Labor leader Bill Shorten has written to Prime Minister Tony Abbott to raise concerns over anti-terror laws that could see journalists jailed for up to ten years.
Mr Shorten said the laws posed a risk to Australia’s democratic freedoms, even though he agreed there was a need to beef-up national security.
In his letter, Mr Shorten said security agencies should have “all the powers they need” to keep Australians safe from terrorism.
“However, it is also important that, by legislating to address the terrorist threat, we do not ourselves destroy the very democratic freedoms that we are seeking to protect,” he says.
Legislation passed by the federal parliament in September prohibits journalists from reporting on intelligence operations and has made it illegal to “promote” or “encourage” terrorism.
While Labor backed increased powers for domestic spy agency ASIO, senior MPs such as Anthony Albanese have recently questioned provisions curtailing media reporting of intelligence operations.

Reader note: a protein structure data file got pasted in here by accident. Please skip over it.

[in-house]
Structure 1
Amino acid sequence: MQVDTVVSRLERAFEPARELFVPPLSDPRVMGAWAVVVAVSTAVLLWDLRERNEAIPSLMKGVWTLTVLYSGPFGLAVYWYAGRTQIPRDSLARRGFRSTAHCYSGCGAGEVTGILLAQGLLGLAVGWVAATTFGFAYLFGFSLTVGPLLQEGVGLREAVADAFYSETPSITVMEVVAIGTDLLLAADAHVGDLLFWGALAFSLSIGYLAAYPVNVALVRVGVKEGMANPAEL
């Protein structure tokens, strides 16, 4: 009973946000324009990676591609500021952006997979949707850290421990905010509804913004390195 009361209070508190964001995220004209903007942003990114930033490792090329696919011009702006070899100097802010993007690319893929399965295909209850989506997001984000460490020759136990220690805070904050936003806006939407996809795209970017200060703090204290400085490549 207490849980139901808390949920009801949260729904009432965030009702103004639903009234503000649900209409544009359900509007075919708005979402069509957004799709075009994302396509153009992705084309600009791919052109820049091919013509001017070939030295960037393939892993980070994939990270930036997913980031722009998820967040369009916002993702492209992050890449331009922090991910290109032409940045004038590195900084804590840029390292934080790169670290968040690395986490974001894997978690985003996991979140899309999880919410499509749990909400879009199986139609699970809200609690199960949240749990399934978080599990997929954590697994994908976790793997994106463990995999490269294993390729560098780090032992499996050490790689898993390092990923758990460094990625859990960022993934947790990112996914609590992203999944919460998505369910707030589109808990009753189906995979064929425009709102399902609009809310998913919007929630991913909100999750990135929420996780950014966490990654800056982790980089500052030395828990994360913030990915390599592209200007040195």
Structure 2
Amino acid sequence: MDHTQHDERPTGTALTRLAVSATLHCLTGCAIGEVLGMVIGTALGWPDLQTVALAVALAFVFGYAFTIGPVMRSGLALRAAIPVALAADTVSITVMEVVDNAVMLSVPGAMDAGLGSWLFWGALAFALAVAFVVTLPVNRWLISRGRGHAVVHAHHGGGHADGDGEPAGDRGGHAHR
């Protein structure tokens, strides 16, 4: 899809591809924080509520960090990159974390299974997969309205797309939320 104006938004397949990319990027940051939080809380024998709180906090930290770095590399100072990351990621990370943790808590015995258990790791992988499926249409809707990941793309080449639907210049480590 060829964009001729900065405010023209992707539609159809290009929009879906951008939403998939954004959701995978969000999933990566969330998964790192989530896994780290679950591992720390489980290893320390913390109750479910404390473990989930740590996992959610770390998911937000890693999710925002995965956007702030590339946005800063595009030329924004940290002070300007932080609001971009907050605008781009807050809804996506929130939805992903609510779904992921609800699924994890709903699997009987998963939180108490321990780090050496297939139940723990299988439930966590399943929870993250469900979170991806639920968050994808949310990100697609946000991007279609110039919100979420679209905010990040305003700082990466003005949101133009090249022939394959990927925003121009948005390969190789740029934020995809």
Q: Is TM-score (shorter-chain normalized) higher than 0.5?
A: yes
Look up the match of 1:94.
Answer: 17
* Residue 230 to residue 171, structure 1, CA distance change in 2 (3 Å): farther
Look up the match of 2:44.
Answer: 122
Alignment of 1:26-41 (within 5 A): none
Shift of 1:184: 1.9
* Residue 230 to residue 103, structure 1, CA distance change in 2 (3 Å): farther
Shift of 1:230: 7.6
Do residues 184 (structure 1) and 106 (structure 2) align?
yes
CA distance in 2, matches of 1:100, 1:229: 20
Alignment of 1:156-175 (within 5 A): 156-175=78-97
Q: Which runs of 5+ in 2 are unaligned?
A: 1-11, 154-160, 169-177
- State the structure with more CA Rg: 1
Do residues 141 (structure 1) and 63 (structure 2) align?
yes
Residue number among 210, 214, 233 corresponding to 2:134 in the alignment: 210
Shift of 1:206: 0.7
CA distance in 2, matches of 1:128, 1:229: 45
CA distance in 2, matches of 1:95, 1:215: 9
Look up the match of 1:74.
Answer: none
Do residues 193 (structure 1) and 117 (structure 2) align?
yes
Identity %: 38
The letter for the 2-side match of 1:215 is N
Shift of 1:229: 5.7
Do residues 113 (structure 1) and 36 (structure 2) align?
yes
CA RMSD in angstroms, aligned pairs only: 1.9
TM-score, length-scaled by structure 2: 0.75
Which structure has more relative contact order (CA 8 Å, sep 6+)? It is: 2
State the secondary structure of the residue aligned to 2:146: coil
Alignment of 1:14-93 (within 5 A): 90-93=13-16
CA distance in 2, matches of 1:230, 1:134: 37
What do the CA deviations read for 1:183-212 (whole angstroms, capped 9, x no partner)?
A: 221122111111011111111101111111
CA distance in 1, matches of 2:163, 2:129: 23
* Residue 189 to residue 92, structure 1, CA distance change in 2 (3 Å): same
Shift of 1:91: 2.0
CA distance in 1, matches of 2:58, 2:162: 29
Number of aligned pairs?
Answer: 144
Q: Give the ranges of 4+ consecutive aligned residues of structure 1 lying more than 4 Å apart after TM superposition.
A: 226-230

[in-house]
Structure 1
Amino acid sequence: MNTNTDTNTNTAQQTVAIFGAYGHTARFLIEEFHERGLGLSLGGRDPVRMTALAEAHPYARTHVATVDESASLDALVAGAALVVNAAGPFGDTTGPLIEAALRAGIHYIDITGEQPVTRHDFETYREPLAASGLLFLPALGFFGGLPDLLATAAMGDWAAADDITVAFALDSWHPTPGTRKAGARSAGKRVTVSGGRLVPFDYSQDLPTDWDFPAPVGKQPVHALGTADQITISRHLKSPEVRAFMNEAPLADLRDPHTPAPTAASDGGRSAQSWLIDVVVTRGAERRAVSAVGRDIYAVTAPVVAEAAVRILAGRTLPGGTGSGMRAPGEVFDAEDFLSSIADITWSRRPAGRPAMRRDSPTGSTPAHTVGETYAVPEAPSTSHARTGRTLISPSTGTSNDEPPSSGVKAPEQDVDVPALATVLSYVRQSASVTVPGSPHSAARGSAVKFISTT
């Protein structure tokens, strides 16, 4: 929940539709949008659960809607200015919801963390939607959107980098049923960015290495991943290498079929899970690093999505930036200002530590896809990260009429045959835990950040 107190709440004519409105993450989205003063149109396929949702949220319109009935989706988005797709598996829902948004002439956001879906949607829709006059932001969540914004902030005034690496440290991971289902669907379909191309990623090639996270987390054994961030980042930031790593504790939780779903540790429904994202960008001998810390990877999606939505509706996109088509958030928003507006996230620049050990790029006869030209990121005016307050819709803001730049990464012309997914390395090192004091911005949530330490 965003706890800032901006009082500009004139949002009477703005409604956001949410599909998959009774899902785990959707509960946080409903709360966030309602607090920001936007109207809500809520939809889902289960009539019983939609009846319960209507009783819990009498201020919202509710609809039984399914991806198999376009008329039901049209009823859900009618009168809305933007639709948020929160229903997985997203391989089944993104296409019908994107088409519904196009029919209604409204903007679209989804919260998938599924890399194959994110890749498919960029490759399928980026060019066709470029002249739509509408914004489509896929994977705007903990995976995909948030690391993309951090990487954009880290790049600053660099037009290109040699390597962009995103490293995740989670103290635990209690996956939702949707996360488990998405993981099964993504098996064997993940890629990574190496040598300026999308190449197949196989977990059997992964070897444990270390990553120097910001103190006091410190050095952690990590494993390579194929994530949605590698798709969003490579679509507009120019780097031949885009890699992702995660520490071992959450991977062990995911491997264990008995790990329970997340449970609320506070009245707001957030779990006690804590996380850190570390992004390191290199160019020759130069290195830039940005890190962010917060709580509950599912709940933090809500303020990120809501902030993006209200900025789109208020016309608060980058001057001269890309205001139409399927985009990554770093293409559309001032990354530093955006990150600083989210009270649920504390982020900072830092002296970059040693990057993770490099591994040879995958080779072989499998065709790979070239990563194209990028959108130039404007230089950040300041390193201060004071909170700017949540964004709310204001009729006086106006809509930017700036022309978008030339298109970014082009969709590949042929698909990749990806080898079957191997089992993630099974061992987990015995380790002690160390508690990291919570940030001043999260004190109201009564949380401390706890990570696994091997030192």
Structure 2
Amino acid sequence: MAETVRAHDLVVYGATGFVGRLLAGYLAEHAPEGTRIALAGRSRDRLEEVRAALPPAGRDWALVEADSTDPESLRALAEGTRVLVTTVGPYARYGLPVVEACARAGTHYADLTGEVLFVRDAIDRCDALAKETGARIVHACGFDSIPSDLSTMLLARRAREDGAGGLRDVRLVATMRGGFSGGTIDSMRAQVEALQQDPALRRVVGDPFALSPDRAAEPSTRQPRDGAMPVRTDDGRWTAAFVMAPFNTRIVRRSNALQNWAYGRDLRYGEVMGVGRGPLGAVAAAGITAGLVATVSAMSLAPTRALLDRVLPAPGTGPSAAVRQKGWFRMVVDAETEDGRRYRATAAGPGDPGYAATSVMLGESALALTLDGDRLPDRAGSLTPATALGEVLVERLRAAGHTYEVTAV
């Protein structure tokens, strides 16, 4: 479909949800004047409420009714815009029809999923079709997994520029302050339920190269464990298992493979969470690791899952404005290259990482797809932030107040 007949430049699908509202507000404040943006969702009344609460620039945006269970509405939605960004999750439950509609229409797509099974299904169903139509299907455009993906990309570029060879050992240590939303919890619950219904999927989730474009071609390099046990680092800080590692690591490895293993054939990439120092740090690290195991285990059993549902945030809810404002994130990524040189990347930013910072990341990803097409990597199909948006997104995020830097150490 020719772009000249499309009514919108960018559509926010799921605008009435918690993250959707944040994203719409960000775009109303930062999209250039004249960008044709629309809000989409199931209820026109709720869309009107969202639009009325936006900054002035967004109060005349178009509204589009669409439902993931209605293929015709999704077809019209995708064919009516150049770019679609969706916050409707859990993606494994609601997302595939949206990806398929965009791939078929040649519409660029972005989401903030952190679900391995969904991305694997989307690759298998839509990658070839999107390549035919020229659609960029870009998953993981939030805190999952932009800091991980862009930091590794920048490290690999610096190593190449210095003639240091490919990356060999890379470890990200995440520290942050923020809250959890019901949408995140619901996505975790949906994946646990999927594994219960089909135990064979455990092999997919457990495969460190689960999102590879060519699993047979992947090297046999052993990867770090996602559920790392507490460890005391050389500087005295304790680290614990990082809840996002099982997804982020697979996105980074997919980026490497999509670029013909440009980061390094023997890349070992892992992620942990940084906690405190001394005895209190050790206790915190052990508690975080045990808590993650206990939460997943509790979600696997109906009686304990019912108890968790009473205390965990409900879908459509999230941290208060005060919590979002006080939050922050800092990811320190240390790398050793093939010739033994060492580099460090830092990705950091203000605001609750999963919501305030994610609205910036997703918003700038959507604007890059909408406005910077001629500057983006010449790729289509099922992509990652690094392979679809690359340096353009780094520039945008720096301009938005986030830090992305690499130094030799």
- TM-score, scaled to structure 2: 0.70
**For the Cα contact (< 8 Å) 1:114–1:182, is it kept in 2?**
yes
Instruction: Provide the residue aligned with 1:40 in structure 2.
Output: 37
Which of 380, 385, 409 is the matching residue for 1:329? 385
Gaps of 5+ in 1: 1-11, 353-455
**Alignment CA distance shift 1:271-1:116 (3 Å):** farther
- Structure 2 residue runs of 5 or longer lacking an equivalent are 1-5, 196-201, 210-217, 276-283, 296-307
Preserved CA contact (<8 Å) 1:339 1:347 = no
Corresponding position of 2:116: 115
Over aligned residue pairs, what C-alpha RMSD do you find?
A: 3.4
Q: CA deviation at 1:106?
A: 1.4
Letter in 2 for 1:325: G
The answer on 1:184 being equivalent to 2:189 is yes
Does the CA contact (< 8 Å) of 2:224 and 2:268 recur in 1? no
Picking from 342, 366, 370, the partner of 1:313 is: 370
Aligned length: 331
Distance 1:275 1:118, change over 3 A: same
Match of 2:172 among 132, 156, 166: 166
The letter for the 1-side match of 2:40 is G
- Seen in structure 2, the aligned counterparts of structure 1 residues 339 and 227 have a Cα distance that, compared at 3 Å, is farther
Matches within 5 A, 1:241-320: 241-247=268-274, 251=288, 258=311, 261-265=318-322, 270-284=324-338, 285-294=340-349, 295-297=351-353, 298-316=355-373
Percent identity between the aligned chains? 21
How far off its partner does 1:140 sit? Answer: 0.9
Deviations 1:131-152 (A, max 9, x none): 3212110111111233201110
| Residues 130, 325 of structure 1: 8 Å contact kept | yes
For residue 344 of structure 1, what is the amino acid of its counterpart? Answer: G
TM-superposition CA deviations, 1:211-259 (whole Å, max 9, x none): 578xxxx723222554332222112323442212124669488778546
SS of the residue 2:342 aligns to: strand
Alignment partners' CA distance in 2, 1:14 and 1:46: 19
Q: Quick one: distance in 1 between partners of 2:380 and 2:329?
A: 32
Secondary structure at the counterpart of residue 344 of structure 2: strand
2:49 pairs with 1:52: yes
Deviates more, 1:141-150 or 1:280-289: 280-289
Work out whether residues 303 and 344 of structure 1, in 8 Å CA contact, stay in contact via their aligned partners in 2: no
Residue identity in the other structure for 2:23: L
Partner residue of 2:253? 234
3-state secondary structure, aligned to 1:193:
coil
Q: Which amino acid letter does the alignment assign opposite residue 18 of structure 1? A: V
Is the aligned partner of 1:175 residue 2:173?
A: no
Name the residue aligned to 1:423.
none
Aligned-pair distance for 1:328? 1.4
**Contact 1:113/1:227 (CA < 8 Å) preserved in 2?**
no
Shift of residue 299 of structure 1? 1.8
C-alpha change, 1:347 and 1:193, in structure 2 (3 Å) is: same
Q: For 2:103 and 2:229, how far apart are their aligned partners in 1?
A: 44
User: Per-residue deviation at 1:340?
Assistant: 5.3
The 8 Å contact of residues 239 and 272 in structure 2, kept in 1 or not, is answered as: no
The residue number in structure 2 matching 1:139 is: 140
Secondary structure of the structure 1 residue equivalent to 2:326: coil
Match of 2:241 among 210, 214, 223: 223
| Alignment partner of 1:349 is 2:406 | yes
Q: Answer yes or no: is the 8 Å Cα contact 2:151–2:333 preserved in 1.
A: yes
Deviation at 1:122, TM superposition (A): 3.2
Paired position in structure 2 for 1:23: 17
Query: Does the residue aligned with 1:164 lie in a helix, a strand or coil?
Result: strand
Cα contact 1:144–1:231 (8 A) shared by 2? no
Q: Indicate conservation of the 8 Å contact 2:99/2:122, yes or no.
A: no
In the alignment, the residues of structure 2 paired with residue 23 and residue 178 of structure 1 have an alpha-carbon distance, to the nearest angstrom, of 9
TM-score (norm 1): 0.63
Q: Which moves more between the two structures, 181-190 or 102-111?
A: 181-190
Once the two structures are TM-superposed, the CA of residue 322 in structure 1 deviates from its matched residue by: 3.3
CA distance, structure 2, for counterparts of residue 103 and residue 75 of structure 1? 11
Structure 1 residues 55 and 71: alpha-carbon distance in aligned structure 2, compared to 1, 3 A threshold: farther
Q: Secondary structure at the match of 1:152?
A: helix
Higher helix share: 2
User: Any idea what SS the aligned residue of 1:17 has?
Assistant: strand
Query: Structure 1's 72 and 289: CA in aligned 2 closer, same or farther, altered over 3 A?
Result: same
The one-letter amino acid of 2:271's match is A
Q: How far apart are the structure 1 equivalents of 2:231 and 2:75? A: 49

The Senate on Wednesday passed the second tranche of the government’s security laws, which give spy agencies powers to crack down on home-grown foreign fighters.
The government legislation prohibits travel to terrorist hot-spots without a valid excuse and makes visiting a no-go zone punishable by 10 years in prison.
It has also introduced laws that give Australia’s foreign spies – the Australian Secret Intelligence Service – powers to better assist the defence force in its fight against Islamic State in Iraq.
A third set of laws to enable the collection of metadata is expected to be introduced next year.
– with AAP